CW86: ‘Not Good for Man to be Alone’: Reflections on COVID-19 from a Catholic Parish Priest

By Revd Rob Taylorson

The proclamation of the book of Genesis ‘It is not good for man to be alone’ (2:18, NKJV) is a sound foundation for a COVID-19 lockdown anguished cry of lament. It shows up the flaws in any attempt to live with ‘self’ alone at the centre of our perception of everything else. The human spiritual nature is incomplete without others. As Christians, having received the revelation that our essence is made in the image and likeness of the Trinitarian God (Genesis 1:26-28), the awareness that we are made for relationship is profound. As with God’s divine life, the relationship dimension of human life is deep and essential.

The life of priests

Today’s Catholic parish priests in the UK generally live alone. I am currently blessed to share accommodation with another priest, but much of my 31 years of priestly life has involved domestic solitude. The incompleteness and vulnerability of the solitary state is usually mitigated by the central day-to-day focus of communal worship, relationship and human/divine interaction which centres on the celebration of the Mass, the gathering together as the body of Christ in the Eucharist.

Most priests normally celebrate between six and ten masses each week. In city parishes this would include school masses and perhaps prisons, convents or hospitals; in rural parishes it more usually involves several church congregations. These celebrations are the springboard for taking Communion to the sick and other pastoral visits, for further community prayer activities, for awareness of the needs of the community and wider world through shared intercession and conversation. The Mass gives spiritual nourishment from the Word of God and Sacrament to the parish community.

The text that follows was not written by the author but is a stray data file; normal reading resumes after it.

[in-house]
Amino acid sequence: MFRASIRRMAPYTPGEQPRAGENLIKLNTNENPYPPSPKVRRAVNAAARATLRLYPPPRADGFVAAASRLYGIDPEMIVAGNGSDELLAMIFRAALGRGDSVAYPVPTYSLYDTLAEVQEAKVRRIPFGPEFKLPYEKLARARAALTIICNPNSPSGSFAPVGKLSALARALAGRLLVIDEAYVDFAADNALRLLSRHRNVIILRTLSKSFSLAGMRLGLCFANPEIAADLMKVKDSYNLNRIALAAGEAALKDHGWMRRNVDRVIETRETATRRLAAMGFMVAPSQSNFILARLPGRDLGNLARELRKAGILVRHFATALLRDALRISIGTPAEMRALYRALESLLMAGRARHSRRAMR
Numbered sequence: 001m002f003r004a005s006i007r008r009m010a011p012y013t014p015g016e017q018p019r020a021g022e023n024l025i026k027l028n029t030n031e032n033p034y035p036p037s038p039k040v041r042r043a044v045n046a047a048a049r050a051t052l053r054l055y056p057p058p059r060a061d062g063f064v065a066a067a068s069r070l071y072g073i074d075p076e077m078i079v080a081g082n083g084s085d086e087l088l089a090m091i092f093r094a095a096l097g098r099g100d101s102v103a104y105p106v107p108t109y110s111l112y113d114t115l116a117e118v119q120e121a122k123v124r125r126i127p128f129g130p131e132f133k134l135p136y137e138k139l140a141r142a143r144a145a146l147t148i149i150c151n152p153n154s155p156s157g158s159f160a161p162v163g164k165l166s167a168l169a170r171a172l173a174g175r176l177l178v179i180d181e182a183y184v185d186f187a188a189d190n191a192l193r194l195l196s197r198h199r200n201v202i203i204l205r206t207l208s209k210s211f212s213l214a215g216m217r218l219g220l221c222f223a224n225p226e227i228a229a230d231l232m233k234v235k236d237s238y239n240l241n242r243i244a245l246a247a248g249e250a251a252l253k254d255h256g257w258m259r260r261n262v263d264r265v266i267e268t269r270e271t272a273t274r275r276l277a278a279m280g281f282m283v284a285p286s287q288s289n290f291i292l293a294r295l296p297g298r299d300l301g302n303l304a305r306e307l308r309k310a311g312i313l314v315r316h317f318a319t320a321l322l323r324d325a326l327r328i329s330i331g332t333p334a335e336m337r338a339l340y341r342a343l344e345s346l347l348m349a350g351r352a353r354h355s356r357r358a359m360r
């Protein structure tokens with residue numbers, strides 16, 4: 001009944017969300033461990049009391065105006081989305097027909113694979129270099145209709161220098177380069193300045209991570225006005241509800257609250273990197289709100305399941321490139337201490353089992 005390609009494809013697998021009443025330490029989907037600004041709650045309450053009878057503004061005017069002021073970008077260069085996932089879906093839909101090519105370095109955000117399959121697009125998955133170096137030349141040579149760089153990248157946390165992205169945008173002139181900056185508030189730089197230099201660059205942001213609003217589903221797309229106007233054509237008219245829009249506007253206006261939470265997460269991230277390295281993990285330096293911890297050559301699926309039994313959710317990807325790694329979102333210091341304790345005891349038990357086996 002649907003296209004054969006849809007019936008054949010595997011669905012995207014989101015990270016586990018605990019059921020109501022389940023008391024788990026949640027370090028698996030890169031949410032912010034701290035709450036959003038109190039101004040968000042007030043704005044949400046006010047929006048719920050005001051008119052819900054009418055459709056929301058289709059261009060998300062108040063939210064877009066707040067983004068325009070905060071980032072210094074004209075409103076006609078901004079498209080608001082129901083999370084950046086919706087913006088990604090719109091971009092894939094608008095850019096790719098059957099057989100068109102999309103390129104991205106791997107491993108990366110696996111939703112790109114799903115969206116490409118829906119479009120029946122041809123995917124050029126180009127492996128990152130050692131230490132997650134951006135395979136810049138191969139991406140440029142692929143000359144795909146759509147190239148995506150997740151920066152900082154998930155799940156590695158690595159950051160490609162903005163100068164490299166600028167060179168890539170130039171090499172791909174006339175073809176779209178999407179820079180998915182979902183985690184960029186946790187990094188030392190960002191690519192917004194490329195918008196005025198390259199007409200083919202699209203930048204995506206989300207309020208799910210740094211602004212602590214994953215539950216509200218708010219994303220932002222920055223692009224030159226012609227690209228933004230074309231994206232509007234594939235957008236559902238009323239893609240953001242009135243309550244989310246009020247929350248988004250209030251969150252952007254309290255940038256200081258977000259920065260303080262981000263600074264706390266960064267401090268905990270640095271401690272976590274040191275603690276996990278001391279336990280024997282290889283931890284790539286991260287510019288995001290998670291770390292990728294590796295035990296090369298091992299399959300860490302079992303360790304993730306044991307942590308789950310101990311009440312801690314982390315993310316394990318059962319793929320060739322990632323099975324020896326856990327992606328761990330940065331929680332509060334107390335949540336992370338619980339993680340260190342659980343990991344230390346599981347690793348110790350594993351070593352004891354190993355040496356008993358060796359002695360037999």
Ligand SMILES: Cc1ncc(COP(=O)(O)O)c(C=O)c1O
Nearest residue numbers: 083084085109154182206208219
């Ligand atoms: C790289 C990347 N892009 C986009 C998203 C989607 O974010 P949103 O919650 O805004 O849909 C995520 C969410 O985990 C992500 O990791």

The effects of COVID-19 restrictions

COVID-19 restrictions have deprived us of much of our incarnate interaction with others. For many Catholics the loss of the Eucharist is an added deprivation. Yes, Mass is celebrated in church buildings, but – depending on the restrictions in place at any given point – with limitations on the size, or complete absence of, the congregation, often only in front of a live stream camera. Jesus’ words ‘unless you eat my flesh and drink my blood you have no life within you‘ (John 6:53) bring an echo of sadness in times when the Eucharist cannot be shared. Lacking the Sacrament of Christ’s body and blood we are weakened. We, as Church, lack a central element of life.

Stress and anxiety have intensified for most of our communities: jobs and businesses disappear; socialising and other activities dry up. Lockdown is widely recognised as having contributed to a rise in domestic abuse, and the National Board of Catholic Women’s booklet Raising Awareness of Domestic Abuse has been acclaimed as timely. As with other denominations, many Catholic groups have developed and intensified pastoral schemes for supporting the needs of others. My own parish has seen a big increase in the number of parishioners who are getting involved in local food banks or volunteering to shop for, or deliver prescriptions to, those who are shielding. Social phone calls have also increased.

Priests’ lifestyle means that for them domestic arguments and violence are unlikely. Neither are we going to be made redundant, though for some their parishes’ financial viability is challenged by the current diminished weekly collections, so financial worries have increased. My own diocese, in addition to inviting priests to discuss any parish financial problems with the diocesan finance department, has circulated reminders to priests of the availability of counselling services for clergy. It is good to be reminded of them.